[NEW] The right way to pause a game in Unity | game unity –

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If you’re making a game in Unity then, chances are, you’re going to need a way to pause it.

This might be to stop the game to display a message, to access inventory or other game settings or to simply offer a traditional pause menu to the player.

Whatever it is, the benefits of being able to freeze gameplay temporarily will be obvious to you.

But, what’s the best way to do it?

Luckily, there’s a simple option.

So… what’s the best method for pausing the game in Unity?

The most convenient method for pausing the game in Unity is by setting the game’s time scale to zero (Time.timeScale = 0), which effectively pauses all time based operations including movement, physics and animation. Setting the time scale to one again will return the game to its normal speed.

In most cases just setting the time scale to zero to pause your game will be all you need to do.


While most operations will be paused when using this method, not everything in the game will be affected.

In some cases, this is by design, for example when designing pause menus that still need to move and animate.

Other times, however, it’s possible to accidentally exclude in-game objects from being paused properly.

In this post, I’ll be exploring what is and is not affected by a time scale pause, how to exclude certain objects from being stopped as well as helping you to avoid some common pitfalls when pausing and unpausing your game.

Let’s get started.

What you’ll find in this article:

How to pause the game in Unity (using time scale)

To pause a game in Unity, simply set the time scale to zero to pause it and back to one (the default) to unpause it again.

In scripting it looks like this:

void PauseGame ()
        Time.timeScale = 0;

void ResumeGame ()
        Time.timeScale = 1;

How does it work?

Setting the time scale affects the time and delta time measuring variables in the Time class.

Put simply, changing the time scale from its default of one will speed up or slow the game down – for example, you can run the game at half speed with a time scale of 0.5, or twice as fast with a timescale of 2). Setting it to zero, pauses the game entirely.

However, not everything is affected.

Understanding what actually happens when the game is paused using this method will help you to avoid unexpected behaviour later on.

What does and doesn’t get paused

Stopping the game using time scale will, effectively, pause every object that is time-based.

This typically accounts for everything that is happening in the game, as movement is usually scaled by delta time, animation, also, is time-based and physics steps will not be called when time scale is zero.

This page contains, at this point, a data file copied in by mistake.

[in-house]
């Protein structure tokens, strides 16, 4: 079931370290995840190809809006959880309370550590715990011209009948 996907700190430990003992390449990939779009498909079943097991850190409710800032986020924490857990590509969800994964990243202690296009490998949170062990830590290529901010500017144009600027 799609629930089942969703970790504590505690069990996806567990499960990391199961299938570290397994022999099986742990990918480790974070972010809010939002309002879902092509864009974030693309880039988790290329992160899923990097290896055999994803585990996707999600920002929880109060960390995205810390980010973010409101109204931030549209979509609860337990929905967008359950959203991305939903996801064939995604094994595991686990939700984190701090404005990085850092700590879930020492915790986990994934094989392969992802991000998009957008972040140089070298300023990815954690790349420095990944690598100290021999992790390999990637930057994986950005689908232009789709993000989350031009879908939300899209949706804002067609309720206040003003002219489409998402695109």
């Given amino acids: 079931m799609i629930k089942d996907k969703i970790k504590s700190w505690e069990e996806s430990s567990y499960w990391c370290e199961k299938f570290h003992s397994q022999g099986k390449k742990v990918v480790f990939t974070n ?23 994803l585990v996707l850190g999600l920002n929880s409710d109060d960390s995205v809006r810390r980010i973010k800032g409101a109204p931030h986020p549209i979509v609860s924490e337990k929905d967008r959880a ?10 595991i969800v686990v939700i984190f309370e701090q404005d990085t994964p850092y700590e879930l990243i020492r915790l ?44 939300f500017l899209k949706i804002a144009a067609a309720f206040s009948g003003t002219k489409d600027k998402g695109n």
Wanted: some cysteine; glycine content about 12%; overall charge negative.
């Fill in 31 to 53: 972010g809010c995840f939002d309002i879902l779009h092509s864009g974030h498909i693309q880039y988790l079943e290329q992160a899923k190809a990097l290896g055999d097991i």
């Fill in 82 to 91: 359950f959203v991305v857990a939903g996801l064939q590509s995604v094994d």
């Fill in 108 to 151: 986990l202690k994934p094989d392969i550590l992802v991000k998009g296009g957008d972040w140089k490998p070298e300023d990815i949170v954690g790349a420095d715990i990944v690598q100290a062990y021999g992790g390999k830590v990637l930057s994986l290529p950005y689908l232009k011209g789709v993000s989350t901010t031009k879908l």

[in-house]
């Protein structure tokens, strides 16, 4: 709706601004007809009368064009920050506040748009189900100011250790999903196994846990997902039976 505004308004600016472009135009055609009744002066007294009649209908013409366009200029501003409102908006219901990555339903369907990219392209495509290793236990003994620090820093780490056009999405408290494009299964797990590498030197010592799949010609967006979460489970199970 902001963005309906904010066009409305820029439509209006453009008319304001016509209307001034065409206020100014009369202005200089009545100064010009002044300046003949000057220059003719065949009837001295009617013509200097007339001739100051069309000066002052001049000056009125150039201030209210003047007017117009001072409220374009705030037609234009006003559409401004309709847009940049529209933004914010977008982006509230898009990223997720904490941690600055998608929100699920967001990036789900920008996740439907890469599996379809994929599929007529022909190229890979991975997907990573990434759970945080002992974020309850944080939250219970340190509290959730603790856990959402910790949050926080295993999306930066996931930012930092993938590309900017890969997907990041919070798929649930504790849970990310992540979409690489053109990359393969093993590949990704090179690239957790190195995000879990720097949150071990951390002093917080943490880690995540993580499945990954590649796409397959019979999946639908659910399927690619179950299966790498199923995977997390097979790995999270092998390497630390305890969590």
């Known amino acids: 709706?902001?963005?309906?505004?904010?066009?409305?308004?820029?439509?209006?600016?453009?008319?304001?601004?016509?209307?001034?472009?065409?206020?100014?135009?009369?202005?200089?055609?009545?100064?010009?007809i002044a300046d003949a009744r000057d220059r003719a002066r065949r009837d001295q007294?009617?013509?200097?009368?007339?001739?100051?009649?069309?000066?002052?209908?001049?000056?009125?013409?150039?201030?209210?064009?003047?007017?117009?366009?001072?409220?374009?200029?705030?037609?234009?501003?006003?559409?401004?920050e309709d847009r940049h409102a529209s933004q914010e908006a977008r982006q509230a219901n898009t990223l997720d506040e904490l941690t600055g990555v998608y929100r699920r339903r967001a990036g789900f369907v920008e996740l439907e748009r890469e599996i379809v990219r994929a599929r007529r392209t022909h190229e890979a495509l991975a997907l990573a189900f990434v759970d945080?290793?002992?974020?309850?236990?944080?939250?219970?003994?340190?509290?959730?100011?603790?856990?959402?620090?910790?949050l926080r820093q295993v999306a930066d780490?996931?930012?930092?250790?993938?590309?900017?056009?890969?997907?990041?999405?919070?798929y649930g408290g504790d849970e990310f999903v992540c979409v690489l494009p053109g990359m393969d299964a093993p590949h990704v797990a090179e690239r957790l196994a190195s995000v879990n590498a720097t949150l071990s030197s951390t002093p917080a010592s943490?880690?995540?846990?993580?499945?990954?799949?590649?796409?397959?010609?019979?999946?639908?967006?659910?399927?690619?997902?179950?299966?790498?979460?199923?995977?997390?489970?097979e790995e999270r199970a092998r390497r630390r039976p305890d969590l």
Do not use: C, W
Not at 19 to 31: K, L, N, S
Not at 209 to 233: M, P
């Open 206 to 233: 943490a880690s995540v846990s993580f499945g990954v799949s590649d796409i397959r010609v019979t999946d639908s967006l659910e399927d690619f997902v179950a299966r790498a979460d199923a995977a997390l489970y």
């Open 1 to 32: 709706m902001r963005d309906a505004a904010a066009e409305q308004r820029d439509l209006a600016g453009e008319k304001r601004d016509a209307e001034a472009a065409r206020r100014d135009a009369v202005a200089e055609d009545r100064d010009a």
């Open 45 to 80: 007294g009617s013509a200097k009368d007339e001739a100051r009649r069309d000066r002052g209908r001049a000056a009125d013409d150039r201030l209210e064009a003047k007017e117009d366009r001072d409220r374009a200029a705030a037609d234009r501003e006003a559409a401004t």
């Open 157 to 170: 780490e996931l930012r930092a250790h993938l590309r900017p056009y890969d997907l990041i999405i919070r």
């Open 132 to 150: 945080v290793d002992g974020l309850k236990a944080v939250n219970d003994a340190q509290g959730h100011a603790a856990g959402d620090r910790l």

But not everything is stopped, and understanding what’s happening behind the scenes can help to make building a pause system a little bit easier.

Update will continue to be called

It may surprise you to know that Update will continue to be called when the game’s time scale is at zero.

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This means that anything inside of an Update loop, including in coroutines, will continue to run regardless of the time scale, which can potentially cause an issue when detecting input (more on that later).

However, anything that relies on time-based measurement will be stopped, such as animations, time-based delays such as Invoke and Wait for Seconds and all movement, so long as it’s being multiplied by Time.deltaTime.

In practice, this means that, in most cases, everything will be stopped when the game is paused and, even though Update is still being called, nothing is actually happening.

FixedUpdate doesn’t get called at all

How to Pause Physics in Unity - visualisation of objects falling in the editor

When the time scale is set to zero, Fixed Update will not be called at all.

This is useful as it essentially freezes all physics-based movement automatically whenever the game is paused using the time scale method.

Time will be stopped

When the time scale is set to zero, Time.time, which is the time in seconds since the game started, will be stopped.

In most cases, this is a good thing, as any in-game measurement that relies on the Time.time value will also be paused with it.

But what if you still need to measure time when the game is paused?

Luckily there are a couple of options for doing just that.

Time.realtimeSinceStartup and Time.unscaledTime are not affected by time scale and will continue to measure time even when the game is paused.

Delta time based movement will be stopped